A previously unknown disease of farmed atlantic salmon: pathology and establishment of bacterial aetiology
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Palmer, R; Drinan, E; Murphy, T (1994). A previously unknown disease of farmed atlantic salmon: pathology and establishment of bacterial aetiology . Diseases of Aquatic Organisms 19 (1), 7-14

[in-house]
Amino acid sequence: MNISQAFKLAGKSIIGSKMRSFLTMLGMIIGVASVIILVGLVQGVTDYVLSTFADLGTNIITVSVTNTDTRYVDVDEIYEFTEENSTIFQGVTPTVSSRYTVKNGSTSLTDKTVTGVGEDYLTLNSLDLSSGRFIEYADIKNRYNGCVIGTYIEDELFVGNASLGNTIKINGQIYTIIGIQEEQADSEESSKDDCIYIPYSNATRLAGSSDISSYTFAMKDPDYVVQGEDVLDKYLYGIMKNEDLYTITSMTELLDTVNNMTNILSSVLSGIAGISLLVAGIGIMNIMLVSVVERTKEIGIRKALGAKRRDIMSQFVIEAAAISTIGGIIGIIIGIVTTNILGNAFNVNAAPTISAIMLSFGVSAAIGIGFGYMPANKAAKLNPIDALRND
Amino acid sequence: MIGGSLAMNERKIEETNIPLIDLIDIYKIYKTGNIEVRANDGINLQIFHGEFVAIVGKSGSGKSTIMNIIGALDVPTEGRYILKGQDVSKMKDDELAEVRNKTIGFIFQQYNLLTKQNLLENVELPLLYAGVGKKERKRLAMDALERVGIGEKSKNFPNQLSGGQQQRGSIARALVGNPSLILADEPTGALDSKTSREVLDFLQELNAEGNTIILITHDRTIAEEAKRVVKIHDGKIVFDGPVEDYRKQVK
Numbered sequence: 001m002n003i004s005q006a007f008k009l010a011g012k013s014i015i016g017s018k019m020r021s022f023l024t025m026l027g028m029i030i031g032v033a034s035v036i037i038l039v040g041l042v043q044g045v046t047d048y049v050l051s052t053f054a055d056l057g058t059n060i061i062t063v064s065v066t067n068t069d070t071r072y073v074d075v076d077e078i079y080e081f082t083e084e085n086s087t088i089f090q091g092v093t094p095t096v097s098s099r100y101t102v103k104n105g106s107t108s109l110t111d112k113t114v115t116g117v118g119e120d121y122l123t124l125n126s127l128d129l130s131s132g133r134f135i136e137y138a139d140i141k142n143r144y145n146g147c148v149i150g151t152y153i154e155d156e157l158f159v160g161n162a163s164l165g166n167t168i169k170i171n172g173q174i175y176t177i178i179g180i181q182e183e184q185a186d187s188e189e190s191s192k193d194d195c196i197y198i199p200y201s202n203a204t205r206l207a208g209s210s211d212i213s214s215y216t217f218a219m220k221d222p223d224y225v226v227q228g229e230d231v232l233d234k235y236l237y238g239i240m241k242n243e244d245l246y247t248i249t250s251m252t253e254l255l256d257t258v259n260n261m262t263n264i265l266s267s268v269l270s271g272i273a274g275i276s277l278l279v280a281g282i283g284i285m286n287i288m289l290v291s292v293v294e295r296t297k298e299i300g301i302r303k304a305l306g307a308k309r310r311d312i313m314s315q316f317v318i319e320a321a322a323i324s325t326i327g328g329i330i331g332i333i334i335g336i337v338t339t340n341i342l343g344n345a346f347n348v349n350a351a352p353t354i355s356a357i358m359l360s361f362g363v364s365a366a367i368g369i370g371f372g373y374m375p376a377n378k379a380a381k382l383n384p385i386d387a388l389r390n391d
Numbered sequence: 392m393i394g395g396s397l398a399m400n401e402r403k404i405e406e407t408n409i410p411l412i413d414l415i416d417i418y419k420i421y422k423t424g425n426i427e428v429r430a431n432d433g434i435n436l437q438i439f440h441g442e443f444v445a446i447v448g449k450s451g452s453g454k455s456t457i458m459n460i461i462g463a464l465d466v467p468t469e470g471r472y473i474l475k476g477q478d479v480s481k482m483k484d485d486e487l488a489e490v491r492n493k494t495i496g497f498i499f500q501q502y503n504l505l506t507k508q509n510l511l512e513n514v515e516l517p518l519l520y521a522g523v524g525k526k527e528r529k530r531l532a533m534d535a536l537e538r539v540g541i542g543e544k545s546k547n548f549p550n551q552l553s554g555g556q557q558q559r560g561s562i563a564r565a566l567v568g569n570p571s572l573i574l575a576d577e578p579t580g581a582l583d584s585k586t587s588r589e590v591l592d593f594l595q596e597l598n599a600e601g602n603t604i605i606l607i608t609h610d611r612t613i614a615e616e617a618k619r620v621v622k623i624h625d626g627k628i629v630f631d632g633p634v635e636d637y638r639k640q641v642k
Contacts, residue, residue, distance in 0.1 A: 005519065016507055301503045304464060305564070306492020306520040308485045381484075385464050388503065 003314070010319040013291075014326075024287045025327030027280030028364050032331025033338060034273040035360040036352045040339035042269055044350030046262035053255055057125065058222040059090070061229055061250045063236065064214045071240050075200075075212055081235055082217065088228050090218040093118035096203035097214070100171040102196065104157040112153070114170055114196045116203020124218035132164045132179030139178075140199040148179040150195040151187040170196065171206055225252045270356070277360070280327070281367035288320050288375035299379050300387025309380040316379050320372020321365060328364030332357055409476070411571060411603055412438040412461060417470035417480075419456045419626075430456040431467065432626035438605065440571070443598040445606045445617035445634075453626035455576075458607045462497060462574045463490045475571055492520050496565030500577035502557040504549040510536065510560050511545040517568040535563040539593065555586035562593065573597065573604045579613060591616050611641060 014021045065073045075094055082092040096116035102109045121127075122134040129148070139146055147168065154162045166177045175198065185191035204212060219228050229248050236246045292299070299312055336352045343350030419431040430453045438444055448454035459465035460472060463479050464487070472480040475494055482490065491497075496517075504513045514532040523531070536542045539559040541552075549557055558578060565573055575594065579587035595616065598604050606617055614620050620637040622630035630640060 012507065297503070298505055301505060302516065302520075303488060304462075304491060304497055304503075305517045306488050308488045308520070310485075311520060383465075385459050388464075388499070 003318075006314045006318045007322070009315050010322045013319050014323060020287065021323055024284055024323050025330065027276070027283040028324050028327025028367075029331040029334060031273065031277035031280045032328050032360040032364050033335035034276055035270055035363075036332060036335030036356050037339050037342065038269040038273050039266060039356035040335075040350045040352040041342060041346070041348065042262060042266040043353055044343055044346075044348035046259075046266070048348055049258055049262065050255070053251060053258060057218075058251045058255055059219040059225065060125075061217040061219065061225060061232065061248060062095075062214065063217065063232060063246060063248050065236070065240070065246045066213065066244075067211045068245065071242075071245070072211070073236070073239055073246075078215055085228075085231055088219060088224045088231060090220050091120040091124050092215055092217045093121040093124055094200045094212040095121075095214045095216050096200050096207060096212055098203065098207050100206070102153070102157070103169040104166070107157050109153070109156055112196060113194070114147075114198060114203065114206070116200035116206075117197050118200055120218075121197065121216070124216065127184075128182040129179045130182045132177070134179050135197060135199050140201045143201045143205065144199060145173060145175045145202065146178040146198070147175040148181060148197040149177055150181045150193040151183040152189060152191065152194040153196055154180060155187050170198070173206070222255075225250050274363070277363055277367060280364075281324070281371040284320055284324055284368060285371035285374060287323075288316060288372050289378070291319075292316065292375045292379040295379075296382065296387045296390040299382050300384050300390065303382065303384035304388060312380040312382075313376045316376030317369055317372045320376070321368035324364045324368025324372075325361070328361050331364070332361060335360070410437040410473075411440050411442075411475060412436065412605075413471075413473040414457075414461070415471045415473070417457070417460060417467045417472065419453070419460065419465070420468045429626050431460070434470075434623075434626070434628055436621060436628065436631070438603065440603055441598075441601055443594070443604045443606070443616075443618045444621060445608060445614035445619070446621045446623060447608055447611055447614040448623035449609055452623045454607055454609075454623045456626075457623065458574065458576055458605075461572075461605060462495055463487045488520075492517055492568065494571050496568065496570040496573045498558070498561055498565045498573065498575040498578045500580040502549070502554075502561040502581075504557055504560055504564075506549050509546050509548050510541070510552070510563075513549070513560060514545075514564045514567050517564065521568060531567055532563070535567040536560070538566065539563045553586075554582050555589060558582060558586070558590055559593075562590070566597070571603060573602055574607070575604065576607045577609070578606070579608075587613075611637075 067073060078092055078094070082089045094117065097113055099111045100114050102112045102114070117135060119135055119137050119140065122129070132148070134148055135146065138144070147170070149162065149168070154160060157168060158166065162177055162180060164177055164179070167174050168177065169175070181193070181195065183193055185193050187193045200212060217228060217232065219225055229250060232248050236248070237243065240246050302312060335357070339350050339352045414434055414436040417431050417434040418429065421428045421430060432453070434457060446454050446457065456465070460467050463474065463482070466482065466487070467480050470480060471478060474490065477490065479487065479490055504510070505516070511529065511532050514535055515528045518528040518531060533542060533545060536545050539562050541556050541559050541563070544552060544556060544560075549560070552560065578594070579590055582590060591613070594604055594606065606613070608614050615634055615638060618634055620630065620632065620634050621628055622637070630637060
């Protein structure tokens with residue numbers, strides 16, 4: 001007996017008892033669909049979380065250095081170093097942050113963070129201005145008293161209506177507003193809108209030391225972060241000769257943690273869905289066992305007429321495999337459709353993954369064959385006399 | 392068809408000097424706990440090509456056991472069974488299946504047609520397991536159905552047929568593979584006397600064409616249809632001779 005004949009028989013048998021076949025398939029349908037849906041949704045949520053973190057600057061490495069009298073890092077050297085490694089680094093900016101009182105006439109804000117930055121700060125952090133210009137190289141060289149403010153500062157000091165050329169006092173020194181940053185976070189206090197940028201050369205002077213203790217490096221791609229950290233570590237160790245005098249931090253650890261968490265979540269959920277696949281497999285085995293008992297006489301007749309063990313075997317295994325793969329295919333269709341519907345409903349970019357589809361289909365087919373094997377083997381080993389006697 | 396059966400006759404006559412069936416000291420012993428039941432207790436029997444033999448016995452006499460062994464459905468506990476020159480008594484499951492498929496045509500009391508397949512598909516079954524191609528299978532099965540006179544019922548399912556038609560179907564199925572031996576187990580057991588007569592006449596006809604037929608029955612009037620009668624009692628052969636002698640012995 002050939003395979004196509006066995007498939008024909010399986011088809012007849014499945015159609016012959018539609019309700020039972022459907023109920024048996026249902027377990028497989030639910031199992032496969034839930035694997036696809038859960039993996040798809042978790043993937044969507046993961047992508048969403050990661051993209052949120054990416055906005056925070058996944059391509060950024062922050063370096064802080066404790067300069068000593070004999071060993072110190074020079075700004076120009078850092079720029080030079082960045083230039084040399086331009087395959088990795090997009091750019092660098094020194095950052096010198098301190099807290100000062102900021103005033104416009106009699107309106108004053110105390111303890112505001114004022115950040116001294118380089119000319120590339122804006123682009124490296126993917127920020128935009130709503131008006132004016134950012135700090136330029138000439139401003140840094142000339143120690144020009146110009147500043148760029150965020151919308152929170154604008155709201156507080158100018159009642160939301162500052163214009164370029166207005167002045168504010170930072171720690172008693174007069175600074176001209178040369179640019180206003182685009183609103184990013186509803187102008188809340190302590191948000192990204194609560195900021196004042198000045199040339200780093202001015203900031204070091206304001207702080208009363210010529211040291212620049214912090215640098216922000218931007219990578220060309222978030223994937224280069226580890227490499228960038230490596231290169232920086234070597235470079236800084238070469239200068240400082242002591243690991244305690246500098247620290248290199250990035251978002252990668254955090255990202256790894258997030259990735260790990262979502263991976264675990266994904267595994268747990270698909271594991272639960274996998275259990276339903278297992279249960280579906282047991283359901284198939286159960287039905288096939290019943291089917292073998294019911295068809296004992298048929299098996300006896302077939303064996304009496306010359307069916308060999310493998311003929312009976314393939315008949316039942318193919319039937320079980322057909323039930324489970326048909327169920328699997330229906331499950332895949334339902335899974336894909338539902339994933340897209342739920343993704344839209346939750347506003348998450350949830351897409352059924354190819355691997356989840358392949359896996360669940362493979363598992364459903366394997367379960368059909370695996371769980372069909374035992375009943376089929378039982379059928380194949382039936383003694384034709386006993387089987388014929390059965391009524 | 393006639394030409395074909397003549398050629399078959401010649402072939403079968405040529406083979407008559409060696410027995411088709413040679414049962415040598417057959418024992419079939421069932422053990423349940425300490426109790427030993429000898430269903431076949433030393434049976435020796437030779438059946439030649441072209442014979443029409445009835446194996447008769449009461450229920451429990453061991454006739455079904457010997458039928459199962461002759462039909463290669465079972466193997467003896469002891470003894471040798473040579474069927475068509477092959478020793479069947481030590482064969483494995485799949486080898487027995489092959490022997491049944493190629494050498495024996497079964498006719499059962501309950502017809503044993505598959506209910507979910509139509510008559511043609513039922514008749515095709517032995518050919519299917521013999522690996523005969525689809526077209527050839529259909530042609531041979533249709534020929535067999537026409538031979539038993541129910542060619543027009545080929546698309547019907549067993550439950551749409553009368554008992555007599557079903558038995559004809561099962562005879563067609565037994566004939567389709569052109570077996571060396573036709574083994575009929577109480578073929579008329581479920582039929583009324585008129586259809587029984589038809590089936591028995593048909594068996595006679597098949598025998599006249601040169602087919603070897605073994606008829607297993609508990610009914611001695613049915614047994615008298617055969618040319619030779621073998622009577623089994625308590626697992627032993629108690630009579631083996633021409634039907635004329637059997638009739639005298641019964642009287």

A previously unknown disease of Atlantic salmon Salmo salar occurred on a seawater farm in Ireland, during 1992 and 1993. The gross pathology and the histopathology of the disease are described. A distinctive histological feature of the disease was the presence of intracellular Gram-negative bacteria in several tissues. In particular, the endothelial cells of the kidney glomeruli were enlarged and contained densely packed bacteria within cytoplasmic vacuoles. During later stages of the disease, most tissues showed numerous areas of necrosis surrounded by lymphoid cells. A bacterium was isolated on axenic media, and was demonstrated to be the causative agent by laboratory infectivity trials. The bacterium was approximately 0.4 x 0.6 mum in size in vivo, but also showed filamentous forms (<5 mum) in vitro. In culture it was a slow-growing facultative or aerotolerant anaerobe, requiring serum or blood for growth. It was not possible to characterize the organism by standard biochemical reactions, but additional characterization tests are in progress.